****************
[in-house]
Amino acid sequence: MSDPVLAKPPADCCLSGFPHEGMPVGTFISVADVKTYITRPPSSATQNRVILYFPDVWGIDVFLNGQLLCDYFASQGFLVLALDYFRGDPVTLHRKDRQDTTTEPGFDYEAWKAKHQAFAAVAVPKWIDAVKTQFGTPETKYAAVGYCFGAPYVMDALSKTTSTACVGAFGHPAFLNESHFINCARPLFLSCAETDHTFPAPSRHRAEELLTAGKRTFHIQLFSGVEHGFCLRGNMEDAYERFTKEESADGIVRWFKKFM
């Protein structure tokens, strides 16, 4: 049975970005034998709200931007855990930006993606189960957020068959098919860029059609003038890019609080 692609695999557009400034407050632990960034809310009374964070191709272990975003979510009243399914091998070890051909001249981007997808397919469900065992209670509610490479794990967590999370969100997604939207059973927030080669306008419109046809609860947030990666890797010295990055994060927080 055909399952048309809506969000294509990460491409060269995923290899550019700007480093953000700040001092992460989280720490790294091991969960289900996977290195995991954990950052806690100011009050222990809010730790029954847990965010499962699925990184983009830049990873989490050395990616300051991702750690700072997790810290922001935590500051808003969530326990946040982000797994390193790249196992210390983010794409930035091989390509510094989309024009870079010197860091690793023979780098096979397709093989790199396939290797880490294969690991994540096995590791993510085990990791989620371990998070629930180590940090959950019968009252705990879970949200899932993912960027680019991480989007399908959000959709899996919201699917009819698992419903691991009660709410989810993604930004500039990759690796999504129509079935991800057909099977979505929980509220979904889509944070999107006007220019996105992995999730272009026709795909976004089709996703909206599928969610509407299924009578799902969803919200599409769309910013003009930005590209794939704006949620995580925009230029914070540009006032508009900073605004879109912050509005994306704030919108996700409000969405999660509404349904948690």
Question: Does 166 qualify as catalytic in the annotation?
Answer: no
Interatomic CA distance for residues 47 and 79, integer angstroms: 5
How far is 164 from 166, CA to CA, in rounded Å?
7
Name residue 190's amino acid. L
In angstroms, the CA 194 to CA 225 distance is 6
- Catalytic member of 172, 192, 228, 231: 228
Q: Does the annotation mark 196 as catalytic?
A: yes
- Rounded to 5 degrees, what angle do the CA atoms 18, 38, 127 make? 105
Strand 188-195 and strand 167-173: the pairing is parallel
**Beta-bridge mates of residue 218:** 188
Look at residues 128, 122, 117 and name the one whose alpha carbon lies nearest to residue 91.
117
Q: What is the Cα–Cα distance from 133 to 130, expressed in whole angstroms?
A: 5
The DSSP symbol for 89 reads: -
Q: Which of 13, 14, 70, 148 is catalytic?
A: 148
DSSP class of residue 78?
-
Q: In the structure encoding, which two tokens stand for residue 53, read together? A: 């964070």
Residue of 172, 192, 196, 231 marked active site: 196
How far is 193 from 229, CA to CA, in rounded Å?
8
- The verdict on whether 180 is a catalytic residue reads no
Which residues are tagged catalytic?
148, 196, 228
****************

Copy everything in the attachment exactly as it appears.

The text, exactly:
[in-house]
Amino acid sequence: MSDPVLAKPPADCCLSGFPHEGMPVGTFISVADVKTYITRPPSSATQNRVILYFPDVWGIDVFLNGQLLCDYFASQGFLVLALDYFRGDPVTLHRKDRQDTTTEPGFDYEAWKAKHQAFAAVAVPKWIDAVKTQFGTPETKYAAVGYCFGAPYVMDALSKTTSTACVGAFGHPAFLNESHFINCARPLFLSCAETDHTFPAPSRHRAEELLTAGKRTFHIQLFSGVEHGFCLRGNMEDAYERFTKEESADGIVRWFKKFM
């Protein structure tokens, strides 16, 4: 049975970005034998709200931007855990930006993606189960957020068959098919860029059609003038890019609080 692609695999557009400034407050632990960034809310009374964070191709272990975003979510009243399914091998070890051909001249981007997808397919469900065992209670509610490479794990967590999370969100997604939207059973927030080669306008419109046809609860947030990666890797010295990055994060927080 055909399952048309809506969000294509990460491409060269995923290899550019700007480093953000700040001092992460989280720490790294091991969960289900996977290195995991954990950052806690100011009050222990809010730790029954847990965010499962699925990184983009830049990873989490050395990616300051991702750690700072997790810290922001935590500051808003969530326990946040982000797994390193790249196992210390983010794409930035091989390509510094989309024009870079010197860091690793023979780098096979397709093989790199396939290797880490294969690991994540096995590791993510085990990791989620371990998070629930180590940090959950019968009252705990879970949200899932993912960027680019991480989007399908959000959709899996919201699917009819698992419903691991009660709410989810993604930004500039990759690796999504129509079935991800057909099977979505929980509220979904889509944070999107006007220019996105992995999730272009026709795909976004089709996703909206599928969610509407299924009578799902969803919200599409769309910013003009930005590209794939704006949620995580925009230029914070540009006032508009900073605004879109912050509005994306704030919108996700409000969405999660509404349904948690």
Question: Does 166 qualify as catalytic in the annotation?
Answer: no
Interatomic CA distance for residues 47 and 79, integer angstroms: 5
How far is 164 from 166, CA to CA, in rounded Å?
7
Name residue 190's amino acid. L
In angstroms, the CA 194 to CA 225 distance is 6
- Catalytic member of 172, 192, 228, 231: 228
Q: Does the annotation mark 196 as catalytic?
A: yes
- Rounded to 5 degrees, what angle do the CA atoms 18, 38, 127 make? 105
Strand 188-195 and strand 167-173: the pairing is parallel
**Beta-bridge mates of residue 218:** 188
Look at residues 128, 122, 117 and name the one whose alpha carbon lies nearest to residue 91.
117
Q: What is the Cα–Cα distance from 133 to 130, expressed in whole angstroms?
A: 5
The DSSP symbol for 89 reads: -
Q: Which of 13, 14, 70, 148 is catalytic?
A: 148
DSSP class of residue 78?
-
Q: In the structure encoding, which two tokens stand for residue 53, read together? A: 């964070």
Residue of 172, 192, 196, 231 marked active site: 196
How far is 193 from 229, CA to CA, in rounded Å?
8
- The verdict on whether 180 is a catalytic residue reads no
Which residues are tagged catalytic?
148, 196, 228